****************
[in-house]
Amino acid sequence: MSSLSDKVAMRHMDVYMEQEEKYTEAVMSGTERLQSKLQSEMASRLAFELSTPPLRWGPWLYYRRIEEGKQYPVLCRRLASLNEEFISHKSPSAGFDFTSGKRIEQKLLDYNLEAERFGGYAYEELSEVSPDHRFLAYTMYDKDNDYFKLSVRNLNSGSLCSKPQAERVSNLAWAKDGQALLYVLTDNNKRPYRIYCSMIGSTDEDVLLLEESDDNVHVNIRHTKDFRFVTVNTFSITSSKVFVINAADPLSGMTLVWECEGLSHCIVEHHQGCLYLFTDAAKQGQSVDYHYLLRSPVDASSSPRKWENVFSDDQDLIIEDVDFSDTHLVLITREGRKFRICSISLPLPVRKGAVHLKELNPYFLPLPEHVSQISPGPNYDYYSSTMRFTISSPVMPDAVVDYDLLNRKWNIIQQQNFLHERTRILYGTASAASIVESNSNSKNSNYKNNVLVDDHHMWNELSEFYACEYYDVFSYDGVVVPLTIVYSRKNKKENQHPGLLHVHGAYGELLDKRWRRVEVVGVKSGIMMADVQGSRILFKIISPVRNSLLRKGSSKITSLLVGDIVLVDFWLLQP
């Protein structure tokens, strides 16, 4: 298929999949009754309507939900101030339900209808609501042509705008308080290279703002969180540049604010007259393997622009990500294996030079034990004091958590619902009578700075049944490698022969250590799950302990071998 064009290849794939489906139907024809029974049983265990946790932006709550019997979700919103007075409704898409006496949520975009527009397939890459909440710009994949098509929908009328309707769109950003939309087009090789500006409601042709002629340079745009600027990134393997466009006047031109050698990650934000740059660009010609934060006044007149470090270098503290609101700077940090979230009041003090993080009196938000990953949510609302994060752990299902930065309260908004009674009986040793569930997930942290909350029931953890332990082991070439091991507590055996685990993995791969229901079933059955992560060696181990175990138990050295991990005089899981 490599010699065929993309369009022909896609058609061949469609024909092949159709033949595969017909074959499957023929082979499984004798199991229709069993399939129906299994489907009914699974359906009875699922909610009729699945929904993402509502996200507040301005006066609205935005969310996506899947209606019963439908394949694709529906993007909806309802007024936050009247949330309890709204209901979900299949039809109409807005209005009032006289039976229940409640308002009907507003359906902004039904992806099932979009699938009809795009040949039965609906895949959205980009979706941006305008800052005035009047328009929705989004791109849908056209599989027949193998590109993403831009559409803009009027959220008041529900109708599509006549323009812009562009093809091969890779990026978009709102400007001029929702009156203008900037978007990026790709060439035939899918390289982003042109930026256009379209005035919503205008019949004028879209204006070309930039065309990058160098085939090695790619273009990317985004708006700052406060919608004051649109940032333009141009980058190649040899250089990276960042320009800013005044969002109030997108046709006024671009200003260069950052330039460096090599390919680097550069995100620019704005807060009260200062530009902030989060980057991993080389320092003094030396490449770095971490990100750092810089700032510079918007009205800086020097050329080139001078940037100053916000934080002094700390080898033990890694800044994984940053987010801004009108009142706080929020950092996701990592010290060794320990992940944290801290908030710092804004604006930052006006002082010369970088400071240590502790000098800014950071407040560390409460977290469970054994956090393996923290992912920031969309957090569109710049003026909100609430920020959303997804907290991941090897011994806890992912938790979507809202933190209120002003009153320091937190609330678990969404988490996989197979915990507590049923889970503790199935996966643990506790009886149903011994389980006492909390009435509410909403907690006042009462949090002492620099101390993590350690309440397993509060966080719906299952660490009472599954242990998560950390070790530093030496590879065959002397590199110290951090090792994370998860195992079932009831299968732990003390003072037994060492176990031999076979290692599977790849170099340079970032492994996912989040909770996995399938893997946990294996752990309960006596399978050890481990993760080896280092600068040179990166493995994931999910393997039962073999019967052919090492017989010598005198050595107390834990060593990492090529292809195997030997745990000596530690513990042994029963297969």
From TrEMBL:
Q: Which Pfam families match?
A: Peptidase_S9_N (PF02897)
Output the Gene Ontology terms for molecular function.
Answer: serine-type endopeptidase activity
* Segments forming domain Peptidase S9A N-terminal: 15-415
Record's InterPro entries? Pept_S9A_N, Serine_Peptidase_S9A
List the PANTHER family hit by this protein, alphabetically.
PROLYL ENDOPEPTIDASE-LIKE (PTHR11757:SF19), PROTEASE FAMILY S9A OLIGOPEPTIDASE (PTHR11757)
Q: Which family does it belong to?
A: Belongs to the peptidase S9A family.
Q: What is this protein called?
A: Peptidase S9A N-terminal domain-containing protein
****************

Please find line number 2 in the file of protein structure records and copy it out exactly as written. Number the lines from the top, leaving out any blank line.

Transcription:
Amino acid sequence: MSSLSDKVAMRHMDVYMEQEEKYTEAVMSGTERLQSKLQSEMASRLAFELSTPPLRWGPWLYYRRIEEGKQYPVLCRRLASLNEEFISHKSPSAGFDFTSGKRIEQKLLDYNLEAERFGGYAYEELSEVSPDHRFLAYTMYDKDNDYFKLSVRNLNSGSLCSKPQAERVSNLAWAKDGQALLYVLTDNNKRPYRIYCSMIGSTDEDVLLLEESDDNVHVNIRHTKDFRFVTVNTFSITSSKVFVINAADPLSGMTLVWECEGLSHCIVEHHQGCLYLFTDAAKQGQSVDYHYLLRSPVDASSSPRKWENVFSDDQDLIIEDVDFSDTHLVLITREGRKFRICSISLPLPVRKGAVHLKELNPYFLPLPEHVSQISPGPNYDYYSSTMRFTISSPVMPDAVVDYDLLNRKWNIIQQQNFLHERTRILYGTASAASIVESNSNSKNSNYKNNVLVDDHHMWNELSEFYACEYYDVFSYDGVVVPLTIVYSRKNKKENQHPGLLHVHGAYGELLDKRWRRVEVVGVKSGIMMADVQGSRILFKIISPVRNSLLRKGSSKITSLLVGDIVLVDFWLLQP